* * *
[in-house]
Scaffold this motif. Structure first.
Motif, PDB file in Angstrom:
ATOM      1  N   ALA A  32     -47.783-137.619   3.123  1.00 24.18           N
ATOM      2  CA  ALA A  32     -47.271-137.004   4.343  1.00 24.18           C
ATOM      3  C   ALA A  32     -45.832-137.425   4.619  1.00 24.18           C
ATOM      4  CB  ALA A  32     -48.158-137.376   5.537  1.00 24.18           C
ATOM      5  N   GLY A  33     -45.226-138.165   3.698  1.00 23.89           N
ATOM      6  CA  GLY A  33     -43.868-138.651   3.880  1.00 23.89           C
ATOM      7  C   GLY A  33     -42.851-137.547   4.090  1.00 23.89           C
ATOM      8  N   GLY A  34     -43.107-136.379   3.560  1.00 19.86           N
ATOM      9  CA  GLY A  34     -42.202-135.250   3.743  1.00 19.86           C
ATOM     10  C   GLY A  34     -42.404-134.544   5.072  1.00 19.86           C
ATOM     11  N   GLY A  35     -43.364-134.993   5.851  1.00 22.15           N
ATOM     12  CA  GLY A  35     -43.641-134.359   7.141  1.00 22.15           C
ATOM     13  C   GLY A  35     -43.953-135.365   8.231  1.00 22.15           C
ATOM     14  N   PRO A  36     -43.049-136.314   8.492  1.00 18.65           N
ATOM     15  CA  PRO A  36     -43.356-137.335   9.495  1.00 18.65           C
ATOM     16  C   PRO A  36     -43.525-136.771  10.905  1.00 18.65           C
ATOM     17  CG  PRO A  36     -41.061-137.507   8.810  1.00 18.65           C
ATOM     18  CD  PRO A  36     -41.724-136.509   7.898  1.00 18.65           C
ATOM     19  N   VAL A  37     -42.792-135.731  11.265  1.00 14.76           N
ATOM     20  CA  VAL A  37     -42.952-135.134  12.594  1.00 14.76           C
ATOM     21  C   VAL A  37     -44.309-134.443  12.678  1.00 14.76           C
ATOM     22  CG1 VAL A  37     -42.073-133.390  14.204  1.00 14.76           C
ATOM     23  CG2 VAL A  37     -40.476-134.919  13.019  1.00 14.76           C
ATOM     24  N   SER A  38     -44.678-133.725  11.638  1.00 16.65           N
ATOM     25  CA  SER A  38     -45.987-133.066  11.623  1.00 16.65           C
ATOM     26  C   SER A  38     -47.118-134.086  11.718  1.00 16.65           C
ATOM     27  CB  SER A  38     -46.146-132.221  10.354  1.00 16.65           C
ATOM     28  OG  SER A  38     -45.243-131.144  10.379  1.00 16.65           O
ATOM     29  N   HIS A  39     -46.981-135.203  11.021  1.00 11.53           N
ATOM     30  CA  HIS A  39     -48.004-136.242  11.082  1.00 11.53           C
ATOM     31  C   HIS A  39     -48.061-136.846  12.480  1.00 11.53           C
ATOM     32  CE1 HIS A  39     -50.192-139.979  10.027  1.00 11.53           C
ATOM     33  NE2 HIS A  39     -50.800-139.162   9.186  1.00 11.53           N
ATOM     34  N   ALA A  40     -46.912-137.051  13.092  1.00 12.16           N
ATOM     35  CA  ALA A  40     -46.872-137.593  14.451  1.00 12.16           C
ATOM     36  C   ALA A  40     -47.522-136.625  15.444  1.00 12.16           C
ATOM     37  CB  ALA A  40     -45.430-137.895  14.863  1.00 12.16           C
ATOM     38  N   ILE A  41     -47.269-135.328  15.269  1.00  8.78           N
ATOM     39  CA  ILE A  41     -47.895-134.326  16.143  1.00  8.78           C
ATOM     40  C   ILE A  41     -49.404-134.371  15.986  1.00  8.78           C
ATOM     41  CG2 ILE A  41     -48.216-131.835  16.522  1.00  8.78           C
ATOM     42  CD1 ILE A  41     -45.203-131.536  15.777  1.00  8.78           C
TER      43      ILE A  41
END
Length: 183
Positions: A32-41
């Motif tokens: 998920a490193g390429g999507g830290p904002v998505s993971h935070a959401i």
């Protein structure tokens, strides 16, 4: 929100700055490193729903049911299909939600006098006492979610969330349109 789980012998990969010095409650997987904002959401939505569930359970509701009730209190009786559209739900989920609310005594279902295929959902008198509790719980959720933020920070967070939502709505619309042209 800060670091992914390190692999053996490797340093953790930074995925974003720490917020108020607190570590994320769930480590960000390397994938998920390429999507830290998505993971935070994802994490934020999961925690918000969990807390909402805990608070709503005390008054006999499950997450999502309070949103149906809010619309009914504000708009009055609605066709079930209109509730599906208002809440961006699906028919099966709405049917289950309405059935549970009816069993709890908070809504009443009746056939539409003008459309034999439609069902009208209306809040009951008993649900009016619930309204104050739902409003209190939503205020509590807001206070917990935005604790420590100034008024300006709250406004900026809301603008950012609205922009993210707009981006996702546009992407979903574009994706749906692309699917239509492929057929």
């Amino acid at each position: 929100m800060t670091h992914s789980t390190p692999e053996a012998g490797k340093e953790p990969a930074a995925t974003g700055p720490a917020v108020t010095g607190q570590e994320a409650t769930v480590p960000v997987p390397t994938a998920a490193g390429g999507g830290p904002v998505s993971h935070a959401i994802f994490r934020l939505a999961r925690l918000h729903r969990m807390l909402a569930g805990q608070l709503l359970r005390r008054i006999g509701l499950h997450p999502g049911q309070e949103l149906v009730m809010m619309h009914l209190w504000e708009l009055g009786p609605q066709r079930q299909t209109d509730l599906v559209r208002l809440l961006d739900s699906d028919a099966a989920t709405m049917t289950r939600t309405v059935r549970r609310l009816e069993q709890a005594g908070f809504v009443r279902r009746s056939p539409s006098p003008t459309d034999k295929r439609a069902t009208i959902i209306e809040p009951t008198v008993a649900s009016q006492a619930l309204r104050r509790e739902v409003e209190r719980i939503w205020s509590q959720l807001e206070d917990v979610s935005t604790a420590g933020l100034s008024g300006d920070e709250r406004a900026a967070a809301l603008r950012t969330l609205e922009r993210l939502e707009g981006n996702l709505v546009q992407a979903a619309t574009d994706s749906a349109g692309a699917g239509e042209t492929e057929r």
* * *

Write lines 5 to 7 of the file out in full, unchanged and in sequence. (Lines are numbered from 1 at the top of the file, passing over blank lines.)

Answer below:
ATOM      2  CA  ALA A  32     -47.271-137.004   4.343  1.00 24.18           C
ATOM      3  C   ALA A  32     -45.832-137.425   4.619  1.00 24.18           C
ATOM      4  CB  ALA A  32     -48.158-137.376   5.537  1.00 24.18           C